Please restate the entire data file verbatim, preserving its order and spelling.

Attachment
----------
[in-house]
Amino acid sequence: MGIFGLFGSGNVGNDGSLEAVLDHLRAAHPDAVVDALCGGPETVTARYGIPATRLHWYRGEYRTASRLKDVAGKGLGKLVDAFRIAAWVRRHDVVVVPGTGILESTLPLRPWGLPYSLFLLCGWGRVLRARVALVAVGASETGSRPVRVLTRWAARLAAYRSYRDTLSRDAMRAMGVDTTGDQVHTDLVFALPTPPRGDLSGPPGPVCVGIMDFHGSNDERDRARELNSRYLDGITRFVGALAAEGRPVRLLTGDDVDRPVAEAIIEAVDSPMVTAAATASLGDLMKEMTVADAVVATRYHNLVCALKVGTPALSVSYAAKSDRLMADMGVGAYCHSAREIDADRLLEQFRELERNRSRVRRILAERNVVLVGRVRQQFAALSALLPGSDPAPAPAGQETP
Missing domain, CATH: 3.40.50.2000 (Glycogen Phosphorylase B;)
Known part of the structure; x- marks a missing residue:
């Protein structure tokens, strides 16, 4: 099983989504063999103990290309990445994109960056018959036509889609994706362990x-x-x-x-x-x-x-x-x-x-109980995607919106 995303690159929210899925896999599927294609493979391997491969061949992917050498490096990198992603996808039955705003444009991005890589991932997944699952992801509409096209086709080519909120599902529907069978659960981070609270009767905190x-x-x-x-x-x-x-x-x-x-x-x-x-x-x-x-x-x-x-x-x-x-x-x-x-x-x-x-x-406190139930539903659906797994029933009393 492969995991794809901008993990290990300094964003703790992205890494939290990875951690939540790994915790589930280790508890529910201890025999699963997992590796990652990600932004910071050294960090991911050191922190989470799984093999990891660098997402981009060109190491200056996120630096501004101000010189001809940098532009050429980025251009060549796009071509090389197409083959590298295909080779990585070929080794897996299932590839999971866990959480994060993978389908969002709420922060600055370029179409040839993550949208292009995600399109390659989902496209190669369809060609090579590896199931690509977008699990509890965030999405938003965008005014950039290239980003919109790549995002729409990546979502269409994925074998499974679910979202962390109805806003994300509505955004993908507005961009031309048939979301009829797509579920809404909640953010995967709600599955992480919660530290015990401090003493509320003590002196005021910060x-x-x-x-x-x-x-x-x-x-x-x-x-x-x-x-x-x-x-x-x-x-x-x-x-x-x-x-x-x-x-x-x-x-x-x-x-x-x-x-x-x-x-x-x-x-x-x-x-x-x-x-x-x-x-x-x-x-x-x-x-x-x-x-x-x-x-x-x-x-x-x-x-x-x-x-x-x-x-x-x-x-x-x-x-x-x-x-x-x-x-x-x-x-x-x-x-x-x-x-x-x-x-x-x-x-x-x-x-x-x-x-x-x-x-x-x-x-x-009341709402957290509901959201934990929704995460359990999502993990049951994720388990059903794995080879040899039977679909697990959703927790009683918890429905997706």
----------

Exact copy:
[in-house]
Amino acid sequence: MGIFGLFGSGNVGNDGSLEAVLDHLRAAHPDAVVDALCGGPETVTARYGIPATRLHWYRGEYRTASRLKDVAGKGLGKLVDAFRIAAWVRRHDVVVVPGTGILESTLPLRPWGLPYSLFLLCGWGRVLRARVALVAVGASETGSRPVRVLTRWAARLAAYRSYRDTLSRDAMRAMGVDTTGDQVHTDLVFALPTPPRGDLSGPPGPVCVGIMDFHGSNDERDRARELNSRYLDGITRFVGALAAEGRPVRLLTGDDVDRPVAEAIIEAVDSPMVTAAATASLGDLMKEMTVADAVVATRYHNLVCALKVGTPALSVSYAAKSDRLMADMGVGAYCHSAREIDADRLLEQFRELERNRSRVRRILAERNVVLVGRVRQQFAALSALLPGSDPAPAPAGQETP
Missing domain, CATH: 3.40.50.2000 (Glycogen Phosphorylase B;)
Known part of the structure; x- marks a missing residue:
């Protein structure tokens, strides 16, 4: 099983989504063999103990290309990445994109960056018959036509889609994706362990x-x-x-x-x-x-x-x-x-x-109980995607919106 995303690159929210899925896999599927294609493979391997491969061949992917050498490096990198992603996808039955705003444009991005890589991932997944699952992801509409096209086709080519909120599902529907069978659960981070609270009767905190x-x-x-x-x-x-x-x-x-x-x-x-x-x-x-x-x-x-x-x-x-x-x-x-x-x-x-x-x-406190139930539903659906797994029933009393 492969995991794809901008993990290990300094964003703790992205890494939290990875951690939540790994915790589930280790508890529910201890025999699963997992590796990652990600932004910071050294960090991911050191922190989470799984093999990891660098997402981009060109190491200056996120630096501004101000010189001809940098532009050429980025251009060549796009071509090389197409083959590298295909080779990585070929080794897996299932590839999971866990959480994060993978389908969002709420922060600055370029179409040839993550949208292009995600399109390659989902496209190669369809060609090579590896199931690509977008699990509890965030999405938003965008005014950039290239980003919109790549995002729409990546979502269409994925074998499974679910979202962390109805806003994300509505955004993908507005961009031309048939979301009829797509579920809404909640953010995967709600599955992480919660530290015990401090003493509320003590002196005021910060x-x-x-x-x-x-x-x-x-x-x-x-x-x-x-x-x-x-x-x-x-x-x-x-x-x-x-x-x-x-x-x-x-x-x-x-x-x-x-x-x-x-x-x-x-x-x-x-x-x-x-x-x-x-x-x-x-x-x-x-x-x-x-x-x-x-x-x-x-x-x-x-x-x-x-x-x-x-x-x-x-x-x-x-x-x-x-x-x-x-x-x-x-x-x-x-x-x-x-x-x-x-x-x-x-x-x-x-x-x-x-x-x-x-x-x-x-x-x-009341709402957290509901959201934990929704995460359990999502993990049951994720388990059903794995080879040899039977679909697990959703927790009683918890429905997706």